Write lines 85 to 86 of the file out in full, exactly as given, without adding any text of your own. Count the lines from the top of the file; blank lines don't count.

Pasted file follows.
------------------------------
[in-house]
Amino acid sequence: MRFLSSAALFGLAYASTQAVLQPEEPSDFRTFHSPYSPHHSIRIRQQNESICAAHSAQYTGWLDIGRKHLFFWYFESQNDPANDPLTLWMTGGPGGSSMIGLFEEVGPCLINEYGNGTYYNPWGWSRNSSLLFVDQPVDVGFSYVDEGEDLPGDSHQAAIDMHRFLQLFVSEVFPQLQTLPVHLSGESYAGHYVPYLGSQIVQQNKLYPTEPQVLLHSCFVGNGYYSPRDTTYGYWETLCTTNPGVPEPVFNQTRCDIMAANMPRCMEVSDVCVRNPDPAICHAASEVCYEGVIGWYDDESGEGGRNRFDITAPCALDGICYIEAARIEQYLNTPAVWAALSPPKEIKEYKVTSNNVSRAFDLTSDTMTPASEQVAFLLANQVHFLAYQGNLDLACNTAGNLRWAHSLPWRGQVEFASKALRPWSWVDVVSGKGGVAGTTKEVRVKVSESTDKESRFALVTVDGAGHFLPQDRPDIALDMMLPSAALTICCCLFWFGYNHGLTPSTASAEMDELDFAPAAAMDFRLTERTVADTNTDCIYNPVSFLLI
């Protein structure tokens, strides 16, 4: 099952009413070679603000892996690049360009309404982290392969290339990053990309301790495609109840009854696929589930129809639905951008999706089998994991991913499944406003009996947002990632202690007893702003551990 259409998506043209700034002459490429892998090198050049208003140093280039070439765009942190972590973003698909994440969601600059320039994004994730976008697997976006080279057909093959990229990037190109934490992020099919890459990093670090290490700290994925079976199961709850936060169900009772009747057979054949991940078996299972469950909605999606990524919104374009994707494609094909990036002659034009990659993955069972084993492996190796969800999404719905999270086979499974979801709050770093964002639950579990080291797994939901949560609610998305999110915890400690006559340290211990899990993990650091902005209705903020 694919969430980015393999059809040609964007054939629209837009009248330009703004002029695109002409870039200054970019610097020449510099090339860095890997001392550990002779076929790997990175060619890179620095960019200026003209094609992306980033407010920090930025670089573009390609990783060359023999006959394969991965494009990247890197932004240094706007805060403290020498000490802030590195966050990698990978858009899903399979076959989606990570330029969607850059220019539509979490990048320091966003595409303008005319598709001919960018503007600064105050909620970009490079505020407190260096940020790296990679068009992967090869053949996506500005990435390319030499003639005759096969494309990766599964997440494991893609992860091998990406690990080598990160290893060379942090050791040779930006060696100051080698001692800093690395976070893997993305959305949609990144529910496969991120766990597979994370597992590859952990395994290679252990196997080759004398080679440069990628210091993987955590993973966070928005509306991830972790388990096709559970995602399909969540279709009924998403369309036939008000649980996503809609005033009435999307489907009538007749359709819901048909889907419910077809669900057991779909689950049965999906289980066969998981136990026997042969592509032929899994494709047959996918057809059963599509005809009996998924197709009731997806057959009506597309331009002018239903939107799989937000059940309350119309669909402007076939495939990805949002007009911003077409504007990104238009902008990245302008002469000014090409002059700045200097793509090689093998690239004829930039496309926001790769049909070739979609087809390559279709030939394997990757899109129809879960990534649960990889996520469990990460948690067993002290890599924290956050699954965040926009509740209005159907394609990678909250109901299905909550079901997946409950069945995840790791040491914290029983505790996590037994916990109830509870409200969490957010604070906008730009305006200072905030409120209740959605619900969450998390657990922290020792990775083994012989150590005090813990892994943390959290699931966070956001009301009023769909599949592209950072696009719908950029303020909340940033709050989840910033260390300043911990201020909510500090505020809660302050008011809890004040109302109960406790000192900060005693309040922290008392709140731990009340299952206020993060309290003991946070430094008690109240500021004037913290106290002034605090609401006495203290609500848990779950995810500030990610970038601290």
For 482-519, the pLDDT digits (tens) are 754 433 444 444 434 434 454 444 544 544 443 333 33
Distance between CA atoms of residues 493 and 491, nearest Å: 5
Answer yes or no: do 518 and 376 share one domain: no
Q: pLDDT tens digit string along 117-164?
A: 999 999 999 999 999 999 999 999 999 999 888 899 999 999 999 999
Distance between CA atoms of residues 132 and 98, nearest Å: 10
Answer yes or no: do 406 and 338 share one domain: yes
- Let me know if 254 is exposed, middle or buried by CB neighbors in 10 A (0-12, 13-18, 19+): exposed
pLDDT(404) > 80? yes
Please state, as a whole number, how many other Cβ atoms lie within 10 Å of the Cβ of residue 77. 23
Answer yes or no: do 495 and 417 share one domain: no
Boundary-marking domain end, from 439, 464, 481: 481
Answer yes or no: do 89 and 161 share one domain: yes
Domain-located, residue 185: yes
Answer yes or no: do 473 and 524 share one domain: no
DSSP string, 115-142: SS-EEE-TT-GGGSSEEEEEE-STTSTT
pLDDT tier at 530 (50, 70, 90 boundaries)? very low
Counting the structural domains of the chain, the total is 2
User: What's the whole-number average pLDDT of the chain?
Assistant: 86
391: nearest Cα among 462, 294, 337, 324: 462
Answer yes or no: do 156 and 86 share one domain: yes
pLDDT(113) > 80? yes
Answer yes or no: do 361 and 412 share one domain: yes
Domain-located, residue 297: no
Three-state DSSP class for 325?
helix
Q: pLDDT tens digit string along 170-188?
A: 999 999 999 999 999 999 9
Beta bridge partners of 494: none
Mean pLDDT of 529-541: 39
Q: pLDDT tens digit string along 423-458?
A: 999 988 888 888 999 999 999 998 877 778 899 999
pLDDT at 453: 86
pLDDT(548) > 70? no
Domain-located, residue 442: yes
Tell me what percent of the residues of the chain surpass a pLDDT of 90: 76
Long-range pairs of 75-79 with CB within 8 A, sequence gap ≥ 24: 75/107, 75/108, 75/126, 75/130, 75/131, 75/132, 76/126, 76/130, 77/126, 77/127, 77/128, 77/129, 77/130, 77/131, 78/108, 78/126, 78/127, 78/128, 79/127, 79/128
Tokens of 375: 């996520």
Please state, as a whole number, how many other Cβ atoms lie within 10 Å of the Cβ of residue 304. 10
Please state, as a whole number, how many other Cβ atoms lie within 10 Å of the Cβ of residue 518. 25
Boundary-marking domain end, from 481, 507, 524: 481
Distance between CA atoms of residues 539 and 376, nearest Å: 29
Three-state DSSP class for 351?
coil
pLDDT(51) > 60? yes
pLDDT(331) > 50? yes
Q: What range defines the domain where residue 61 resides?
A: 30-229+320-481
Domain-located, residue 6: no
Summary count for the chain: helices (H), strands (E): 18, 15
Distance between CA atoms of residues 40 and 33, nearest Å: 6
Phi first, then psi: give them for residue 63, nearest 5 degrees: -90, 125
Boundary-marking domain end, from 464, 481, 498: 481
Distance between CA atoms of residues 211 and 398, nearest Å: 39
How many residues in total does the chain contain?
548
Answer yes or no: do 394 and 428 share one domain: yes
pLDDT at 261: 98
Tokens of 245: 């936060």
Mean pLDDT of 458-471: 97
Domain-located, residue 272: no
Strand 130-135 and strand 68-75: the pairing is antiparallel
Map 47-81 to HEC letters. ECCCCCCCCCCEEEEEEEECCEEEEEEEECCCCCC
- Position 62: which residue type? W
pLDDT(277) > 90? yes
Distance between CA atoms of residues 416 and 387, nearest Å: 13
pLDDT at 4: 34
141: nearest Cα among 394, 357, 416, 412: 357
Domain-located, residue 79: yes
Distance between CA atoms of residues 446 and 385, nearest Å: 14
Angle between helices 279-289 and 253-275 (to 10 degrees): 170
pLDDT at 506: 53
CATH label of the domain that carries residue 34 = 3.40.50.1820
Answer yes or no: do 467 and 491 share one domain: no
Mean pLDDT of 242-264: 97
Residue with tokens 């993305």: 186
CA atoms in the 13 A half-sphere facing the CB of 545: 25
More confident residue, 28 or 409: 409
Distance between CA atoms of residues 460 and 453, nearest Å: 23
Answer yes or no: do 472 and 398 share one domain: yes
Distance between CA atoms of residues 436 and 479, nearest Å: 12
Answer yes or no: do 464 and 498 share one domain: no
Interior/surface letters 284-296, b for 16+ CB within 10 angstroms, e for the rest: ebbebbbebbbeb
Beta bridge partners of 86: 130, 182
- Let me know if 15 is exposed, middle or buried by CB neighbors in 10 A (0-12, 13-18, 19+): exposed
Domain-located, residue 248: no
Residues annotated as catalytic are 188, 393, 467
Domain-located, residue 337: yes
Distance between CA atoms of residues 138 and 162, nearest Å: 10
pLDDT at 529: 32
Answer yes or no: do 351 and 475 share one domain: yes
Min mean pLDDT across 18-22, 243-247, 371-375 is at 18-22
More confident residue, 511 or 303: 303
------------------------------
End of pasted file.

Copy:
Distance between CA atoms of residues 436 and 479, nearest Å: 12
Answer yes or no: do 464 and 498 share one domain: no